This section foregrounds annotations based on our analytic structure specifically looking at collaboration in political practice.
For some analysts, collaboration at this phase meant negotiated alliances between researchers and stakeholders broadly speaking (Wood and Gray 1991; Fortun and Cherkasky 1998); for others, it explicitly meant researchers and community activists (e.g. Cervone 2015). Analysts differed in their perspectives on what constituted “good” collaboration. For example, Fortun and Cherkasky viewed collaboration as a politics of difference, “drawing in people with different interests, perspectives and skills into synchronized effort to accomplish something that could not be accomplished individually." They found that for collaboration to work, diversity or pluralism must be turned into a resource. Because collaboration requires and establishes difference, they found collectivity can not only be difficult to produce but also can be marginalizing and alienating. This echoed a point raised by Cervone (2015) who called collaboration “mutifaceted and rhizomic” and asked if it might be too weak of a word to describe the entanglements of complicity, cultural orientation, suspicion and paranoia, commitment and intimate involvement, credit and authority, and the production of reliable knowledge for partially articulated goals.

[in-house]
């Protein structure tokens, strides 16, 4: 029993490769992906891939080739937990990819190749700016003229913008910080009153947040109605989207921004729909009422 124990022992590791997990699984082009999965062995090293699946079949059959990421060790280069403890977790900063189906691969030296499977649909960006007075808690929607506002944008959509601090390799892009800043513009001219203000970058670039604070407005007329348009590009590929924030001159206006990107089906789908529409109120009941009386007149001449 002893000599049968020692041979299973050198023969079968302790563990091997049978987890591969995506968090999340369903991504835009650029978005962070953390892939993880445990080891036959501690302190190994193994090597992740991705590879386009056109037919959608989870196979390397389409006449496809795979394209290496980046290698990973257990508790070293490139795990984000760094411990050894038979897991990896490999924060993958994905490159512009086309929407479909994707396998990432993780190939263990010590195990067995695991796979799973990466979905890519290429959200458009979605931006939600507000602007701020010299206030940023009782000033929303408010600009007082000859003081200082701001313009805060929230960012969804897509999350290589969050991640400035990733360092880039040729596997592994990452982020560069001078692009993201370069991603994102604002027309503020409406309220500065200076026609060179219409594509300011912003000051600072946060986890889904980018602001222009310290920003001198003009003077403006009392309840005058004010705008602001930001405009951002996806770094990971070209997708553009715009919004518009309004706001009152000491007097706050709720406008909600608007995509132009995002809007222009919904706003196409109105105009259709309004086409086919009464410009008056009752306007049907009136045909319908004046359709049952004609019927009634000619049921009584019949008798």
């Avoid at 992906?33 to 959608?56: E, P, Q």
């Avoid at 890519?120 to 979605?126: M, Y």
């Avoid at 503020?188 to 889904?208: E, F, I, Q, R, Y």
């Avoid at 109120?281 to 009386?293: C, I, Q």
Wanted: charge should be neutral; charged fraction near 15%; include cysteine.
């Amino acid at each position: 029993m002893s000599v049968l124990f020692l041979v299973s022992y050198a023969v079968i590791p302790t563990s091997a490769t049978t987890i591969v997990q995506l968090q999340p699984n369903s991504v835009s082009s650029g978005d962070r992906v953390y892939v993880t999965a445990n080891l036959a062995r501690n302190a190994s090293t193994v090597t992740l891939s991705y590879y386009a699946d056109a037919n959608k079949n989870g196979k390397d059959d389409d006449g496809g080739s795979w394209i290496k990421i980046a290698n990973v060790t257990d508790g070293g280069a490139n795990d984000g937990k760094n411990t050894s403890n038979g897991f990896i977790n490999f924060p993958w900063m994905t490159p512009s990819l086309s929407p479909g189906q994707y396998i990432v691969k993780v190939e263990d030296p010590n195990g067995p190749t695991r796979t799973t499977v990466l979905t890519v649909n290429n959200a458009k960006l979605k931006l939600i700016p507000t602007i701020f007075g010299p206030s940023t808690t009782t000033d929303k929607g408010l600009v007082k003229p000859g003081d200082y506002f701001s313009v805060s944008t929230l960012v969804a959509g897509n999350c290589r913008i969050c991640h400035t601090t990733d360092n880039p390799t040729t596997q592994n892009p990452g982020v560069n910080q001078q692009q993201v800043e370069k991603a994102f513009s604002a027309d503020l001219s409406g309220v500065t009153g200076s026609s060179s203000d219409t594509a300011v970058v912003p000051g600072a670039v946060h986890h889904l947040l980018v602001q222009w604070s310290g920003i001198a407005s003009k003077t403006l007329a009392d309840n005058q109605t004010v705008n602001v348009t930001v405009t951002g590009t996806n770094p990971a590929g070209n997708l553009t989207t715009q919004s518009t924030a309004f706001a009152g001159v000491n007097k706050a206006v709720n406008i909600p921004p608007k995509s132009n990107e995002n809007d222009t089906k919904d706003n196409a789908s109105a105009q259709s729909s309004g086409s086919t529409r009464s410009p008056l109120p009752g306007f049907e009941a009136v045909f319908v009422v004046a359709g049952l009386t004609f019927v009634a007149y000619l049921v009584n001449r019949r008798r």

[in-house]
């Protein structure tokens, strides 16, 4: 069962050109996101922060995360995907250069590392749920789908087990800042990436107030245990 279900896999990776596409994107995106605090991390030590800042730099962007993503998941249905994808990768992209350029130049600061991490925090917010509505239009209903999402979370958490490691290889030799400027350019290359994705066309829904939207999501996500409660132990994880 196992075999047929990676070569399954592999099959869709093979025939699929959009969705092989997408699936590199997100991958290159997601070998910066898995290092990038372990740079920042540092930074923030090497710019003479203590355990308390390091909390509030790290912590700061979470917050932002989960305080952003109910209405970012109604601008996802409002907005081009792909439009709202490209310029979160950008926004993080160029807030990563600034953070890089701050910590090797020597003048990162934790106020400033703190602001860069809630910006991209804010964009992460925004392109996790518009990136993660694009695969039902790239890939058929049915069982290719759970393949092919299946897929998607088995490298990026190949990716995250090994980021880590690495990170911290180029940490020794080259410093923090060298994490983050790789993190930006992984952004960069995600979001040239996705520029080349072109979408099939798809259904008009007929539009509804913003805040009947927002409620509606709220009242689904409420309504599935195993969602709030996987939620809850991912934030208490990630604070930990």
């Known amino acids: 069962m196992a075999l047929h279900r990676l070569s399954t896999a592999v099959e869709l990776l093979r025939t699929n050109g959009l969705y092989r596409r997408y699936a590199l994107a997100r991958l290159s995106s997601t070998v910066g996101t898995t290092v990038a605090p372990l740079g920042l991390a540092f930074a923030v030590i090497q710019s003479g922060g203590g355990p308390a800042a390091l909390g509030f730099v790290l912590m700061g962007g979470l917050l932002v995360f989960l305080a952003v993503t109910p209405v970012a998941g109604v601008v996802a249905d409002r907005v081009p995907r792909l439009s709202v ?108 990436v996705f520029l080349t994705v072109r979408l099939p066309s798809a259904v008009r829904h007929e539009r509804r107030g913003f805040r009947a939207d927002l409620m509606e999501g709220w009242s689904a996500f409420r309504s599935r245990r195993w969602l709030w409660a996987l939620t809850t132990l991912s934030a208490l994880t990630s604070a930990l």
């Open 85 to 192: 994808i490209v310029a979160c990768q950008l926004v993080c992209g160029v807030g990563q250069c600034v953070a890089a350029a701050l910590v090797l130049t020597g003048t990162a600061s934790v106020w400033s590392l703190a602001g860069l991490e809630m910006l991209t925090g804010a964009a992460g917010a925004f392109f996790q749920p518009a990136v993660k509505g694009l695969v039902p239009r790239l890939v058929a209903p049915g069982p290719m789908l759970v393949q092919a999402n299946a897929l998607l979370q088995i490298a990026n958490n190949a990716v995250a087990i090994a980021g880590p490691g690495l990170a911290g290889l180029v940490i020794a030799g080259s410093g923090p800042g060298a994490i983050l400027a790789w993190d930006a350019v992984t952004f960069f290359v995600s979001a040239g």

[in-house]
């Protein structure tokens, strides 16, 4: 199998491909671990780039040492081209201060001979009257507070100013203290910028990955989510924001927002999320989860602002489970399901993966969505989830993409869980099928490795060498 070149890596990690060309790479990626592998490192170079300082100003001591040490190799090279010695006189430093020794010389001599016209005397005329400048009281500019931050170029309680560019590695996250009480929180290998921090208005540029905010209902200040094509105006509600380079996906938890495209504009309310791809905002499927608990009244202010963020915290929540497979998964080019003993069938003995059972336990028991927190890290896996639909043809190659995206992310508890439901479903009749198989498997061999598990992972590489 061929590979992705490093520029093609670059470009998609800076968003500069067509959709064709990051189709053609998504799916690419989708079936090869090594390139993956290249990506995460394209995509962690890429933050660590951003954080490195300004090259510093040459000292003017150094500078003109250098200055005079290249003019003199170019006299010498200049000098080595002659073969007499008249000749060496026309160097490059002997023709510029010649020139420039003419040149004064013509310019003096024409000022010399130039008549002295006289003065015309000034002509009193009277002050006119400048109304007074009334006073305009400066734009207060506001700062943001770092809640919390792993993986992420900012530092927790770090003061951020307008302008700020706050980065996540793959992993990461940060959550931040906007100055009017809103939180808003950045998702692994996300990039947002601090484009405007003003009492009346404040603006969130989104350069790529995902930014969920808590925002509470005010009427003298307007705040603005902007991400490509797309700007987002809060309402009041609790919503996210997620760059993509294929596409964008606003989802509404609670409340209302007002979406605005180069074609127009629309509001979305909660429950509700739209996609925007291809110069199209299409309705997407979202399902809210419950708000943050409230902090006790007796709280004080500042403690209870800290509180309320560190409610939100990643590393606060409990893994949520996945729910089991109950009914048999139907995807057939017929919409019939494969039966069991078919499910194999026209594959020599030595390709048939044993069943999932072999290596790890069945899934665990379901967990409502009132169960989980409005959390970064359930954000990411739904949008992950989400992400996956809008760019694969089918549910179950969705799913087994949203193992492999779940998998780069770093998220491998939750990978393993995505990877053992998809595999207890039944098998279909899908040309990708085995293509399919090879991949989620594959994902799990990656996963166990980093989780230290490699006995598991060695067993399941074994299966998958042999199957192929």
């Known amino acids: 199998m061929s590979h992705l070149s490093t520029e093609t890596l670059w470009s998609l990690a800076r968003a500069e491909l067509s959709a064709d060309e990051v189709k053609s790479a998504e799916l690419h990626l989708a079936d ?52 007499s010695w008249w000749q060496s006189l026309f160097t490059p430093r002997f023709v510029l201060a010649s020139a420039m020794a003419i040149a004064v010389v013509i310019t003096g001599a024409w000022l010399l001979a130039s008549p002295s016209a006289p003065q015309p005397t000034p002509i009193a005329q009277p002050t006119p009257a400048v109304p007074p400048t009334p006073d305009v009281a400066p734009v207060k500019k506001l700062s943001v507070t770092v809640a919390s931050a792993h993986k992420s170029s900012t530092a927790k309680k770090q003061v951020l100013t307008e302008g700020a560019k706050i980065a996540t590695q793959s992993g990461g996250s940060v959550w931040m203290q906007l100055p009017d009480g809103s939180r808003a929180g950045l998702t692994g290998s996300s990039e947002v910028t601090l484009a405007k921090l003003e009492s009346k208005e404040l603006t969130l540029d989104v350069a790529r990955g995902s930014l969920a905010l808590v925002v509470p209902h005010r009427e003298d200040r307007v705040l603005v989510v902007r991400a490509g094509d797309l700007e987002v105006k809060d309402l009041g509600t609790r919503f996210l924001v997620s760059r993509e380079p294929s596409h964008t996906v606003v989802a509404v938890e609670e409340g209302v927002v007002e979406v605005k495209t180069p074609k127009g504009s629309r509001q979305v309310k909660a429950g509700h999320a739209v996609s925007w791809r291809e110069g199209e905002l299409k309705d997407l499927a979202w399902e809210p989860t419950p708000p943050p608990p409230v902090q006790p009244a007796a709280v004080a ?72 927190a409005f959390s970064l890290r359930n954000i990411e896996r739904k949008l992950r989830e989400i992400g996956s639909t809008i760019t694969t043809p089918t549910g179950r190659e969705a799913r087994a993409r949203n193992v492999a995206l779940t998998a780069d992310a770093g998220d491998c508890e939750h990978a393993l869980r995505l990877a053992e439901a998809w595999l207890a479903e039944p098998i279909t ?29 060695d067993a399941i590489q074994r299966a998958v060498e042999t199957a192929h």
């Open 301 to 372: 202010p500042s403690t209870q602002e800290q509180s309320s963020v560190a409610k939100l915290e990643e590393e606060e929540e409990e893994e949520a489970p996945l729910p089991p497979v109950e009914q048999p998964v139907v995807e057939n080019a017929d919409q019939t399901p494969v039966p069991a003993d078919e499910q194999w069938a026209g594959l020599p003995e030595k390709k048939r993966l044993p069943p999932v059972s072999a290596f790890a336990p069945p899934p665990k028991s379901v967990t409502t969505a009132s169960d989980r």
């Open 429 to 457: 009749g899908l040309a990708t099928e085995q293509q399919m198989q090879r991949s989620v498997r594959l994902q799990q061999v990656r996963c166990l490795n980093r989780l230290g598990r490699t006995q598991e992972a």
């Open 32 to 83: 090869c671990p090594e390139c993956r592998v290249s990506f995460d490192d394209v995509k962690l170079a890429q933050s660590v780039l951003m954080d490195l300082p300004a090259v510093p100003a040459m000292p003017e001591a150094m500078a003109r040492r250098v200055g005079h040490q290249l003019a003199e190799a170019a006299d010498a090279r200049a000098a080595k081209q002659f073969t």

This is quite distinct from other readings of collaboration which honed in on the sharing of values and lines of similarity over difference. For example, Handgraaf and van Raaij (2005) viewed collaboration as cooperation and noted an increasing convergence between psychologists and economists. Rather than being a growing field of "cross" or "inter" disciplinary collaboration, the analysts noted that those working on the topic are becoming more similar to each other rather than working across differences. The analysts suggested that the growth of more economic psychologists/behavioral economists is particularly beneficial for society because it helps to increase the efficiency of "interventions."
Most analysts explicitly discussed collaboration as a process but had different perspectives on what the end goal of such processes and negotiations were, with some holding the assumed goal of collaboration as being arrival at a shared (stable) problem domain and every stakeholder’s place in it (Wood and Gray 1991) which is a goal starkly divergent from what Fortun and Cherkasky (1998) describe as the ongoing formation of new social alliances through the generation of new explanations and avoidance of grand theorization.
This essay is part of a broader orals document querying collaborative formations. Works were categorized under one part of the “research life cycle” as a heuristic. Sub-essays within the orals doc can be accessed directly through the following links: Research Design (Artifacts | Analysis); Data Gathering and Production (Artifacts | Analysis); Data Analysis (Artifacts | Analysis); Artifact Production (Artifacts | Analysis); Dissemination (Artifacts | Analysis); Political Practice (Artifacts | Analysis).